26 May 1893 • Friday

Went to Press meeting in the morning and to the unveiling of the Statue in the Afternoon of Harriet Beecher Stowe remarks by Mrs. [Isabella Beecher] Hooker recitations by Georgie Cavain [Georgia Cayvan]23 reading of Mrs. [Julia Ward] Howe’s Hymm of the Republic–24 Remarks by Mrs. [Candace] Wheeler25 Mrs. [blank space] presided

Emma Thursley sang “Away down on the Swanee River”

After leaving the room of Library in the tea room Mrs. Albert Balker [Barker] sang and whistled26

Friday night Kate Field spoke upon her own paper– Florence Fenwick Miller made a fine address– Mrs. Albert Ba[r]ker recited two poems [p. 166] {p. 94}

27 May 1893 • Saturday

This morning closed the Congress of Press women Mrs. Boehrs’ was to have presented a paper on Pioneer Women in Journalism in the West but was refused, she was to have mentioned our paper– the Chairman cut off two or three who wished to speak. At 3 o’clock the exercises began in the Woman’s Building. It was quite informal and there was a little opportunity during the intervals of music to hear what speak to Mrs. Palmer and her aids– tea was served and candies and cakes and the ladies walked through the building and spent the time very enjoyably. Zina [Young Card] left for home tonight Hattie came and invited me to dine with her in the Palmer Restaurant We went down to see them off both Aunt Zina and myself [p. 167] {p. 95}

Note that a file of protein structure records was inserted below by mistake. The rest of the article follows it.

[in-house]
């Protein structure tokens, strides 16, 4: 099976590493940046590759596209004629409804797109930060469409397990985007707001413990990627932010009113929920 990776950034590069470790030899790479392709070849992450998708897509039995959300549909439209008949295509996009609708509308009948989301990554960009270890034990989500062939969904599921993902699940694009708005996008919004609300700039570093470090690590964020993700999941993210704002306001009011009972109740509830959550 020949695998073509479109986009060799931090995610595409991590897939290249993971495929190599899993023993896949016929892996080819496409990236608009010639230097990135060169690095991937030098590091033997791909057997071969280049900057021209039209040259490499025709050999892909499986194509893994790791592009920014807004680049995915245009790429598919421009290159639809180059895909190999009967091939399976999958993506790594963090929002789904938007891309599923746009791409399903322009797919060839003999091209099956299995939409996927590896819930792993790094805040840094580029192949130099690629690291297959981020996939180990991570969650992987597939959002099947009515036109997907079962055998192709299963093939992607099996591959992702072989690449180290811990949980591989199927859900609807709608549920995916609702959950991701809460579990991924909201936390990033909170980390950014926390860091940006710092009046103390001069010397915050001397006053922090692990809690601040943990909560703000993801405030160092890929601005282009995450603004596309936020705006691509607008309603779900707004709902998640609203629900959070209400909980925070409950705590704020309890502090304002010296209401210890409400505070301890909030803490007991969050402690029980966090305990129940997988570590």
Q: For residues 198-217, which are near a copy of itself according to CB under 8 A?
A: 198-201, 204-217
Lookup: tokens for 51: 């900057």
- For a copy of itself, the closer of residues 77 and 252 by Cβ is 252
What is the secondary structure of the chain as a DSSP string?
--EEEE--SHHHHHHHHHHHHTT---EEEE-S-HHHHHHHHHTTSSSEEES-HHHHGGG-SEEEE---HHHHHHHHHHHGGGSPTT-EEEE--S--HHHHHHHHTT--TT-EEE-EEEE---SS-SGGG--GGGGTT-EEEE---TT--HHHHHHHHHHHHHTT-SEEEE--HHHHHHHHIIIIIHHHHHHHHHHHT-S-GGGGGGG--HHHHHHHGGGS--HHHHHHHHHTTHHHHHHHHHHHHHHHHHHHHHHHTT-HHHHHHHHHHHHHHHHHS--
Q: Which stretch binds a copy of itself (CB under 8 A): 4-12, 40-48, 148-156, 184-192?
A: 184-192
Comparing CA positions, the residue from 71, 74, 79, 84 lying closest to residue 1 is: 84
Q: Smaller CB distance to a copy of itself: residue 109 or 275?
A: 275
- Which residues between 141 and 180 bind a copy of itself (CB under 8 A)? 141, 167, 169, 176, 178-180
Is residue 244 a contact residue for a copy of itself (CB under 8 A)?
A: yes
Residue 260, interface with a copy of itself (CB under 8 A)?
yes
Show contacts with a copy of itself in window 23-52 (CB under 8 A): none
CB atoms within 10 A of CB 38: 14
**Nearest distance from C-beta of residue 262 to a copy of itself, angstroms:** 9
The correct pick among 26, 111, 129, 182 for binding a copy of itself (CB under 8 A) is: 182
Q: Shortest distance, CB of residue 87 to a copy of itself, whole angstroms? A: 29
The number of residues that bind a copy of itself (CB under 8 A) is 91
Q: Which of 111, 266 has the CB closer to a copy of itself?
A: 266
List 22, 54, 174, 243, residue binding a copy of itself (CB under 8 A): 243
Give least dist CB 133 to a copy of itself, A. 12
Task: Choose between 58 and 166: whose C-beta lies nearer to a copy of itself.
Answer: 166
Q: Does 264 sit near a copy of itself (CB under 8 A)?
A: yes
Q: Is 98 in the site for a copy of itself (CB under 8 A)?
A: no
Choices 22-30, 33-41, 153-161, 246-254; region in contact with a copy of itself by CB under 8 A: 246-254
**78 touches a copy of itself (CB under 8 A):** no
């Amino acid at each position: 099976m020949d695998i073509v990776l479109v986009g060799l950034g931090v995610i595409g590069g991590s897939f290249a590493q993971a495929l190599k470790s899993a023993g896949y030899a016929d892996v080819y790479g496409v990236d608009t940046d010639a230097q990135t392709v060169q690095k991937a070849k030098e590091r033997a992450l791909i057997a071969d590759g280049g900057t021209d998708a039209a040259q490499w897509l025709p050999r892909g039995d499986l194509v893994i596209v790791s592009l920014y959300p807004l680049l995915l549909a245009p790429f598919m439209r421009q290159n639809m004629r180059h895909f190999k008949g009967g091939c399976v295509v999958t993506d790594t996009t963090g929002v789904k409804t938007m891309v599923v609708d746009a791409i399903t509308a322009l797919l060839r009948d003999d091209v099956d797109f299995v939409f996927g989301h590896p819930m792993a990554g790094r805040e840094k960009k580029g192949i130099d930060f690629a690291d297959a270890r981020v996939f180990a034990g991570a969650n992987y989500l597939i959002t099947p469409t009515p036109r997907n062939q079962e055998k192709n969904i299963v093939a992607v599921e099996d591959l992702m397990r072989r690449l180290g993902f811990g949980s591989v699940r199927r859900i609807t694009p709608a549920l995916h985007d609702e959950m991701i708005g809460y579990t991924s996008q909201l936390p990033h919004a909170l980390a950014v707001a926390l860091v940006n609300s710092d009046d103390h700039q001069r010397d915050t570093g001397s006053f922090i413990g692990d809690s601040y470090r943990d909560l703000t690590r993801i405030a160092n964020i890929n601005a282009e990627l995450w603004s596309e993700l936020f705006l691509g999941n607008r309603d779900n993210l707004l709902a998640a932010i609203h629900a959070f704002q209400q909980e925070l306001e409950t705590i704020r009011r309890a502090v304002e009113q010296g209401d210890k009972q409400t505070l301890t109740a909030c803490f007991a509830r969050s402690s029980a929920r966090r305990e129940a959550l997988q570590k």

28 May 1893 • Sunday

Stayed in bed late, went out to breakfast with Aunt Zina who felt very lonely because Zina Card had gone away– then called at the Saratoga and took with me besides Aunt Zina Mrs. Talmage, Mrs. Eardley and M. Hughes Cannon M.D. and we all went to call upon Lucinda B. Chandler at the West Side– found she had gone to Ohio so came back and dined together at the Palmer– Aunt Zina Mrs. Eardley, Mrs. Talmage Dr. Cannon and myself. Afterwards had a pleasant time in the room did not attempt to go anywhere. Aunt Zina felt a little more reconciled and I sat up writing as usual and when I had quite exhausted myself went to bed. [p. 168] {p. 96}